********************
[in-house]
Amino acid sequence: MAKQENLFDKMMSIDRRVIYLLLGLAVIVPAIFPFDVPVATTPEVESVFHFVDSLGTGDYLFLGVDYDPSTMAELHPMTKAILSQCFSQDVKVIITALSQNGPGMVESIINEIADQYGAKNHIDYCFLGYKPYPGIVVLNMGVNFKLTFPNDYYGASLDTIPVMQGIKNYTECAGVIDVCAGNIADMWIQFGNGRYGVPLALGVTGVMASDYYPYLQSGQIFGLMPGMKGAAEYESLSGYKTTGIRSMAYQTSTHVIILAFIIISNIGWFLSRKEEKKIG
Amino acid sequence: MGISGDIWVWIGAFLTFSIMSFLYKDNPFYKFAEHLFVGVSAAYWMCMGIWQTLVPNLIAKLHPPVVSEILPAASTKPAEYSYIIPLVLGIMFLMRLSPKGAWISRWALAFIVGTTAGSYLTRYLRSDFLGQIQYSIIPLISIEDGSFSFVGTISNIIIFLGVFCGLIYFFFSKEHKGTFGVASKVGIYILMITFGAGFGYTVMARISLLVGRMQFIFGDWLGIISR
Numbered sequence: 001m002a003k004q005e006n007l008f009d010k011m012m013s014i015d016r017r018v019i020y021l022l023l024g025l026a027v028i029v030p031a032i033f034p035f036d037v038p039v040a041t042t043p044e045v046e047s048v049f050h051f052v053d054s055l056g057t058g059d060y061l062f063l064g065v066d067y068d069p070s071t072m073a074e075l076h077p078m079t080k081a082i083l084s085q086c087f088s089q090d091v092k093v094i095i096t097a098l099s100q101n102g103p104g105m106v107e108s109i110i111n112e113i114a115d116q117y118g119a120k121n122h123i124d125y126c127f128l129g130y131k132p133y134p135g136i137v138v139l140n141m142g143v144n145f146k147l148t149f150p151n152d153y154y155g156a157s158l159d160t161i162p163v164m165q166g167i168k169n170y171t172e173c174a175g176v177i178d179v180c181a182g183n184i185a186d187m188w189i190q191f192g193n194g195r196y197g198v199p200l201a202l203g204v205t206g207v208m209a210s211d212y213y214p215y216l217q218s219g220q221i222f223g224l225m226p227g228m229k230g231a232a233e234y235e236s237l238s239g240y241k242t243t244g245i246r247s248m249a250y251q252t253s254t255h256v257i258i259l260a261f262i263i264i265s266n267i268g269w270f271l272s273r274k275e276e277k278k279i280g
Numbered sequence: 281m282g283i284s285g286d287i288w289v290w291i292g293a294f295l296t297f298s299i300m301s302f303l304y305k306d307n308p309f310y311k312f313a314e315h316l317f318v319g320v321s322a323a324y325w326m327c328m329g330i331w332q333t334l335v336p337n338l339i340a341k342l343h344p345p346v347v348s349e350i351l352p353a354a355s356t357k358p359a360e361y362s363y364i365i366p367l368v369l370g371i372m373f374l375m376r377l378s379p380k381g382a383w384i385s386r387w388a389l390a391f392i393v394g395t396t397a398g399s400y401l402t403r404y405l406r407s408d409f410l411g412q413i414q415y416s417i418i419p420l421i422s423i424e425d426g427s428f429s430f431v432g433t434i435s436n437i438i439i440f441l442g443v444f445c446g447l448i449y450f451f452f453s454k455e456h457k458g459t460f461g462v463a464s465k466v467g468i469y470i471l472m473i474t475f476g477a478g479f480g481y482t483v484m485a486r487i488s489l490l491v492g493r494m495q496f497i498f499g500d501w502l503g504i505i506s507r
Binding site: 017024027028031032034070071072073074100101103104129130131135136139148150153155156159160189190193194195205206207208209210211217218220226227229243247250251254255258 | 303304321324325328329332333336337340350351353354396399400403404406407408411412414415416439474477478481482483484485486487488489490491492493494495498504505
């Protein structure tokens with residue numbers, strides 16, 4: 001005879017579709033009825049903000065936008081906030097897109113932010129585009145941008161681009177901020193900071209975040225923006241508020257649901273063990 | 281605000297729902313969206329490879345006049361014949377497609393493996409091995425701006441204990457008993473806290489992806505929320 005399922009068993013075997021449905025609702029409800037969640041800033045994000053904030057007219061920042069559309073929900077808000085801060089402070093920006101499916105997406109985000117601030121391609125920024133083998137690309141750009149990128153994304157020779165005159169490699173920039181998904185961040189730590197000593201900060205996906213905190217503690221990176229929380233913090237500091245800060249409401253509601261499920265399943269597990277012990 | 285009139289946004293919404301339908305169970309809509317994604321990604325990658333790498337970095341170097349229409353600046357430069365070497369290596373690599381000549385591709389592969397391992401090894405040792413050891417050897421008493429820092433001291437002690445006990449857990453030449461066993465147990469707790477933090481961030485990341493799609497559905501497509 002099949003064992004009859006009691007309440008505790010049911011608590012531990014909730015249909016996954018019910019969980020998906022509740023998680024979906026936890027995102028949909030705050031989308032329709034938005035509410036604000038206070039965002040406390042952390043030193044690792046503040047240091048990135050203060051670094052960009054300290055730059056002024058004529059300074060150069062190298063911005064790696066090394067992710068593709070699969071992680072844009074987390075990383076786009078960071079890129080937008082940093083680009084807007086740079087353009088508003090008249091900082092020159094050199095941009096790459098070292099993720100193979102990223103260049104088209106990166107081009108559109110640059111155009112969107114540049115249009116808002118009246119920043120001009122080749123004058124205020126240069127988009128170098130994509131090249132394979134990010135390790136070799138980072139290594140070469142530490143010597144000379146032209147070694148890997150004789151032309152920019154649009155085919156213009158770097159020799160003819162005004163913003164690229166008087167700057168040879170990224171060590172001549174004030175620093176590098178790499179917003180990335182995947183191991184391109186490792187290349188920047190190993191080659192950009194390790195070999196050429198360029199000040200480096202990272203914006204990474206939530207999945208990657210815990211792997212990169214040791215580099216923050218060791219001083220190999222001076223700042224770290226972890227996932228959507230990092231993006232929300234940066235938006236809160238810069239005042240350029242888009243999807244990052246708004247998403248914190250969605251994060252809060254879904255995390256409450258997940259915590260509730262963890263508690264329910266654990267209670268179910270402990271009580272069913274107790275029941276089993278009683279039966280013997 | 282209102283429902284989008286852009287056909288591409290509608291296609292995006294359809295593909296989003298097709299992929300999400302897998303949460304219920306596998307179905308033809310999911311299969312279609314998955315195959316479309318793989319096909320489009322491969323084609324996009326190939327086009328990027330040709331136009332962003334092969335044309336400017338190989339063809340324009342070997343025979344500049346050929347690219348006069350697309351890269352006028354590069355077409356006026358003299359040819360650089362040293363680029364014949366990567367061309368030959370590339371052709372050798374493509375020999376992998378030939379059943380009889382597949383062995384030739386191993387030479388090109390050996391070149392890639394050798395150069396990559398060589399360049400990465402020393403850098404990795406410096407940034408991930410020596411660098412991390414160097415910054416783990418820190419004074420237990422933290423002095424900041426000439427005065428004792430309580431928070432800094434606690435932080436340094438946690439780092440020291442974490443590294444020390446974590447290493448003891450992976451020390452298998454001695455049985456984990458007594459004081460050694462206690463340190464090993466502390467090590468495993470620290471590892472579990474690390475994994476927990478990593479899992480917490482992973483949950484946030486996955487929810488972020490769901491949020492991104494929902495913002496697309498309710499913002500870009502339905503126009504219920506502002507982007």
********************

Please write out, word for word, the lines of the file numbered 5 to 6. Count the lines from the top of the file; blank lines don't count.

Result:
Numbered sequence: 281m282g283i284s285g286d287i288w289v290w291i292g293a294f295l296t297f298s299i300m301s302f303l304y305k306d307n308p309f310y311k312f313a314e315h316l317f318v319g320v321s322a323a324y325w326m327c328m329g330i331w332q333t334l335v336p337n338l339i340a341k342l343h344p345p346v347v348s349e350i351l352p353a354a355s356t357k358p359a360e361y362s363y364i365i366p367l368v369l370g371i372m373f374l375m376r377l378s379p380k381g382a383w384i385s386r387w388a389l390a391f392i393v394g395t396t397a398g399s400y401l402t403r404y405l406r407s408d409f410l411g412q413i414q415y416s417i418i419p420l421i422s423i424e425d426g427s428f429s430f431v432g433t434i435s436n437i438i439i440f441l442g443v444f445c446g447l448i449y450f451f452f453s454k455e456h457k458g459t460f461g462v463a464s465k466v467g468i469y470i471l472m473i474t475f476g477a478g479f480g481y482t483v484m485a486r487i488s489l490l491v492g493r494m495q496f497i498f499g500d501w502l503g504i505i506s507r
Binding site: 017024027028031032034070071072073074100101103104129130131135136139148150153155156159160189190193194195205206207208209210211217218220226227229243247250251254255258 | 303304321324325328329332333336337340350351353354396399400403404406407408411412414415416439474477478481482483484485486487488489490491492493494495498504505